Protected areas of Nepal

From Wikipedia, the free encyclopedia
Jump to navigation Jump to search
Protected areas of Nepal

The protected areas of Nepal cover mainly forested land and are located at various altitudes in the Terai, in the foothills of the Himalayas and in the mountains, thus encompassing a multitude of landscapes and preserving a vast biodiversity in the Palearctic and Indomalayan ecozones. Nepal covers 147,181 km2 (56,827 sq mi) in the central part of the Himalayas. Altitudes range from 67 m (220 ft) in the south-eastern Terai to 8,848 m (29,029 ft) at Sagarmatha within a short horizontal span. This extreme altitudinal gradient has resulted in 11 bio-climatic zones ranging from lower tropical below 500 m (1,600 ft) to nival above 5,000 m (16,000 ft) in the High Himalayas, encompassing nine terrestrial ecoregions with 36 vegetation types. Botanists recorded 1,120 species of non-flowering plants and 5,160 species of flowering plants. Nepal ranks 10th in terms of richest flowering plant diversity in Asia. Zoologists recorded 181 mammal species, 844 bird species, 100 reptile species, 43 amphibian species, 185 freshwater fish species, and 635 butterfly species. In recognition of the magnitude of biodiversity the Government of Nepal has established a network of 20 protected areas since 1973, consisting of ten national parks, three wildlife reserves, six conservation areas and one hunting reserve.[1][2][3][4][5] In 2017, the Shuklaphanta and Parsa Wildlife Reserves were upgraded to National Parks.[citation needed]

Additionally, nine Ramsar sites were declared between 1988 and 2008.[6][7]

National parks[edit]

Wildlife reserves[edit]

Conservation areas[edit]

Hunting Reserve[edit]

Ramsar Sites[edit]

The following Ramsar sites were declared between 1988 and 2008:[6]


  1. ^ Bhuju, U. R., Shakya, P. R., Basnet, T. B., Shrestha, S. (2007). Nepal Biodiversity Resource Book. Protected Areas, Ramsar Sites, and World Heritage Sites. International Centre for Integrated Mountain Development, Ministry of Environment, Science and Technology, in cooperation with United Nations Environment Programme, Regional Office for Asia and the Pacific. Kathmandu, ISBN 978-92-9115-033-5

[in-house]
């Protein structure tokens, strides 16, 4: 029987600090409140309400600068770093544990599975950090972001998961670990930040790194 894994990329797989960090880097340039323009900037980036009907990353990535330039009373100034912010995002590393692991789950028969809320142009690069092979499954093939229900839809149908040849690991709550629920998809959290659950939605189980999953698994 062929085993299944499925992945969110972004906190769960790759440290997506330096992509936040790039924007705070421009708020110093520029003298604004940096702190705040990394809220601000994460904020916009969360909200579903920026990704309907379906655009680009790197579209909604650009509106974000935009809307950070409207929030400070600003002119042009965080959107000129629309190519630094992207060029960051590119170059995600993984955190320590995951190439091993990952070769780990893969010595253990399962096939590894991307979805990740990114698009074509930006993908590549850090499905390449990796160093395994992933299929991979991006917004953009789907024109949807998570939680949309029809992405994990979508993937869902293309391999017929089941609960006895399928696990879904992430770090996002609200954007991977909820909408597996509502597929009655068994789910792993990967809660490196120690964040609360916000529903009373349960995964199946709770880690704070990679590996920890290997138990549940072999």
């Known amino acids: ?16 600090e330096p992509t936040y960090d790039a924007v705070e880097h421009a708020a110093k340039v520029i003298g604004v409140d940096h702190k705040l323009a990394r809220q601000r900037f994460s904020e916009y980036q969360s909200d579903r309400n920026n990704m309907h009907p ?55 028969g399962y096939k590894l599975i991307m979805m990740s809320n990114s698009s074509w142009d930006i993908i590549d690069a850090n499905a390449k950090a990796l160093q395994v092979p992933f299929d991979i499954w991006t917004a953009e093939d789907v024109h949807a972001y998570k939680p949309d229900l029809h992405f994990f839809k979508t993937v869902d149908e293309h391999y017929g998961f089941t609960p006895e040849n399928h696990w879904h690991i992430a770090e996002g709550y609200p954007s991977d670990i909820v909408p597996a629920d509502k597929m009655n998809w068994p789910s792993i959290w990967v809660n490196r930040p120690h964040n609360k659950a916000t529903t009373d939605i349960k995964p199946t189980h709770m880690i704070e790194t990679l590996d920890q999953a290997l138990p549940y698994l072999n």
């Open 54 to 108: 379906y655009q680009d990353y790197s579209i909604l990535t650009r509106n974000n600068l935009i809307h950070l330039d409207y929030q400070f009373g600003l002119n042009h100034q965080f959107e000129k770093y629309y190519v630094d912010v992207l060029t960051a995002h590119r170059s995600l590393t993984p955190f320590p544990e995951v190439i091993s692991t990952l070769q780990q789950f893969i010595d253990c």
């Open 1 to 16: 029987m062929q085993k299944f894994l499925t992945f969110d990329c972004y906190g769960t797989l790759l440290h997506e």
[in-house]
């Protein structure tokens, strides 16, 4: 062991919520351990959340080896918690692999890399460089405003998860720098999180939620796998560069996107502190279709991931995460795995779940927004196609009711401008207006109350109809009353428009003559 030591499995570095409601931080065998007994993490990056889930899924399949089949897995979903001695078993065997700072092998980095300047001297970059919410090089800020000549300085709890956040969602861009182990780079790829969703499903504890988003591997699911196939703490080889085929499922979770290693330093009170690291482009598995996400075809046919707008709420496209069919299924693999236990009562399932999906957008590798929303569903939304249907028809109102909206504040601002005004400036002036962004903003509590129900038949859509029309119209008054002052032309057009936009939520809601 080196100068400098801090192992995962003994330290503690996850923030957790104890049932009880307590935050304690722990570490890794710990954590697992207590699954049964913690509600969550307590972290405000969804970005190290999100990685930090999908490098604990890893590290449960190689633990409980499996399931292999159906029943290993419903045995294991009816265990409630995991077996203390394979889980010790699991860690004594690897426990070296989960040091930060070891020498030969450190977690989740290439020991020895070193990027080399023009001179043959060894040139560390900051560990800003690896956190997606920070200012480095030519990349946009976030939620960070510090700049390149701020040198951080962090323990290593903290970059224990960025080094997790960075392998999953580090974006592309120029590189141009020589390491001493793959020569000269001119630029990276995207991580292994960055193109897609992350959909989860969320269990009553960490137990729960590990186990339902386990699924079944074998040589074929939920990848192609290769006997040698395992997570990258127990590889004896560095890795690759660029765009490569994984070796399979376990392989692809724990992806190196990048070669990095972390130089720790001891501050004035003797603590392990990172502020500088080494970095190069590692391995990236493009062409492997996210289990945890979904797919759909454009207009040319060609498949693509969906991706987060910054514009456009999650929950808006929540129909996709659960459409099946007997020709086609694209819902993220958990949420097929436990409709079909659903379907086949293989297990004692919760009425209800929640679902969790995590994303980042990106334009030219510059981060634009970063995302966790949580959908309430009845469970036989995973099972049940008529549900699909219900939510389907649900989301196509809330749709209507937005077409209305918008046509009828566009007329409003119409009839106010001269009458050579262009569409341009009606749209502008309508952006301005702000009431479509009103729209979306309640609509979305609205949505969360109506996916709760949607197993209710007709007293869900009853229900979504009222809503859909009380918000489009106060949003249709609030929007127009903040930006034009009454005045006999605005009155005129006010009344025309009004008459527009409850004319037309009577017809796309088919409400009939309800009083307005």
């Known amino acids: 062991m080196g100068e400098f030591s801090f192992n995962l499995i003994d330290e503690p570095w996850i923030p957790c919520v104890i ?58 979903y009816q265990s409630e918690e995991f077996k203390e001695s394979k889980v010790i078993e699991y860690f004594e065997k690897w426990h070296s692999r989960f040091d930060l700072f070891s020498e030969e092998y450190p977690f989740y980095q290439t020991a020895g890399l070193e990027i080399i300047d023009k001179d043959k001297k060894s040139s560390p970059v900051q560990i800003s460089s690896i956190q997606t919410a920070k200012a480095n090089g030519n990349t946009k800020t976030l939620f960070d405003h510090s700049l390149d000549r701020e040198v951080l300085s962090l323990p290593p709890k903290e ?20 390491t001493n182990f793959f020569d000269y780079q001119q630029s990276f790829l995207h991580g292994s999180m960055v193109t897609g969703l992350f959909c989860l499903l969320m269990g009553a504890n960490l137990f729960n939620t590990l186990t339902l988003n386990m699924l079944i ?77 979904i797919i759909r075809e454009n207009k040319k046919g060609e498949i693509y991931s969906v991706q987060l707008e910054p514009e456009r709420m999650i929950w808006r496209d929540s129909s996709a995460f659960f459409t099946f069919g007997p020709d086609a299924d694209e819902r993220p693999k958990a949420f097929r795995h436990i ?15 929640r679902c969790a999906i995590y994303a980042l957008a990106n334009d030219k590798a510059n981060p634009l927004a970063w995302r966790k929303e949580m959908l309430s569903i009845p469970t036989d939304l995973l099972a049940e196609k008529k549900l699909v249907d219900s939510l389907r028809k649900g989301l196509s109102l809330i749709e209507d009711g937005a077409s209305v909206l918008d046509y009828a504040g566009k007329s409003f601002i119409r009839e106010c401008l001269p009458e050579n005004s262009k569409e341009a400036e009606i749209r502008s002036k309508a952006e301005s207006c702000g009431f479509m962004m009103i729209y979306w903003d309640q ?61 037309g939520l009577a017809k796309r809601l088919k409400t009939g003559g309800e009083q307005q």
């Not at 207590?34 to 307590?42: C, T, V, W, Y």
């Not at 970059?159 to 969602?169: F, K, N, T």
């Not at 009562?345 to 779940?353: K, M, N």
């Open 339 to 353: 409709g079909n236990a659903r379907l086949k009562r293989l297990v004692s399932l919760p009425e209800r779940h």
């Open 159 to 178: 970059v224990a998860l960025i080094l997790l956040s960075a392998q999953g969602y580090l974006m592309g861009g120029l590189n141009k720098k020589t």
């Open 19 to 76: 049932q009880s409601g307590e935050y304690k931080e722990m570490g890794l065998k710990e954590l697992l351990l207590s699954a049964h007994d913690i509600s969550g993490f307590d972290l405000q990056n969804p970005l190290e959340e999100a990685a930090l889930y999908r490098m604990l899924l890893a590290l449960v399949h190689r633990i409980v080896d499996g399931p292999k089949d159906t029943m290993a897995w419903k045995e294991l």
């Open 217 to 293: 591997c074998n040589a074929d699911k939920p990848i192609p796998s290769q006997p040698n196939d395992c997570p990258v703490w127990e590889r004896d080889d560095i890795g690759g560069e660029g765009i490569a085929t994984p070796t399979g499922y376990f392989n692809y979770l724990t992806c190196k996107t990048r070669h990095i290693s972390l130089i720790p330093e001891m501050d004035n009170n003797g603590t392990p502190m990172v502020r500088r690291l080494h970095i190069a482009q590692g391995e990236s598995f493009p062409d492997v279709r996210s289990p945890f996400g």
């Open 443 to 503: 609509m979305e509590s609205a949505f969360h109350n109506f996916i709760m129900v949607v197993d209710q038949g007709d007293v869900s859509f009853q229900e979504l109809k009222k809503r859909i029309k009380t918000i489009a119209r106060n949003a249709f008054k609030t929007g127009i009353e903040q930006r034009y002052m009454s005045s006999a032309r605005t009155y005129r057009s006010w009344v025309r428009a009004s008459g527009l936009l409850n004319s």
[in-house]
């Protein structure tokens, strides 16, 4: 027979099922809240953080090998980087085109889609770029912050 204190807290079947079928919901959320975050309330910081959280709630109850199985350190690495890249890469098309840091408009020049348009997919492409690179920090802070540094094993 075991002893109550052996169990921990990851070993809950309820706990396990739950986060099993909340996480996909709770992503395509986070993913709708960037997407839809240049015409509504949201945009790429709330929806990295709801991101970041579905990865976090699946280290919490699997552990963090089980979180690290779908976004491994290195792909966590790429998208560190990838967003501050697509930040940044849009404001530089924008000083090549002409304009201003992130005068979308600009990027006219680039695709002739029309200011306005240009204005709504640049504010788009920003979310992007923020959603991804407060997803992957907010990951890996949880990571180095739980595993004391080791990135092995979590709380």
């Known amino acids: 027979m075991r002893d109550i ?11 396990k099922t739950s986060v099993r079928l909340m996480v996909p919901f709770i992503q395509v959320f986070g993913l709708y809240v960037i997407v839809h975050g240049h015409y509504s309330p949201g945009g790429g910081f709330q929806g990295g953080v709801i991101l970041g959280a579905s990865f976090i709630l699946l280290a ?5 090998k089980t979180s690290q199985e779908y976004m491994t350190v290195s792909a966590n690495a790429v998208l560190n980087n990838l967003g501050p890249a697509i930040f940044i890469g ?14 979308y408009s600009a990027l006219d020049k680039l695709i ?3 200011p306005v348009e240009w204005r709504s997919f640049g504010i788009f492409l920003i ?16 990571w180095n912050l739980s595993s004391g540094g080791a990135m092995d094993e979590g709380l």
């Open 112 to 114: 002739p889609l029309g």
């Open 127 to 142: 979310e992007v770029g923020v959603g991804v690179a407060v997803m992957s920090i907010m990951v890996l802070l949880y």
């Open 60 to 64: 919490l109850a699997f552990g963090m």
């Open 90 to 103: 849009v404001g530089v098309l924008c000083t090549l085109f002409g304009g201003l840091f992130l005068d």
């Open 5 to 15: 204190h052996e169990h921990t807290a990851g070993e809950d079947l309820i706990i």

2. ^ Bhushal, R. P. (2010). Nod to Banke National Park. The Himalayan Times, 13 May 2010
  3. ^ Chaudhary, H., Poudyal, L.P. Bird Survey of Api Nampa Conservation Area in Nepal, 2016: Report to the Api Nampa Conservation Area Office, Khalanga, Darchula, Nepal. Kathmandu, Nepal: Nepalese Ornithological Union and Department of National Parks and Wildlife Conservation.CS1 maint: Multiple names: authors list (link)
  4. ^ NTNC (2010). Gaurishankar Conservation Area Project. National Trust for Nature Conservation, Nepal.
  5. ^ DNPWC (2014). Blackbuck Conservation Area Archived 2015-01-28 at the Wayback Machine.. Department of National Parks and Wildlife Conservation, Kathmandu.
  6. ^ a b Bhandari, B. B. (2009). Wise use of Wetlands in Nepal. Banko Janakari 19 (3): 10–17.
  7. ^ Kafle, G. and I. A. T. Savillo (2009). Present status of Ramsar sites in Nepal. International Journal of Biodiversity and Conservation 1 (5): 146–150.
  8. ^ "Lake Cluster of Pokhara Valley: a new Ramsar Site of Nepal". IUCN. Retrieved 2 February 2016.

External links[edit]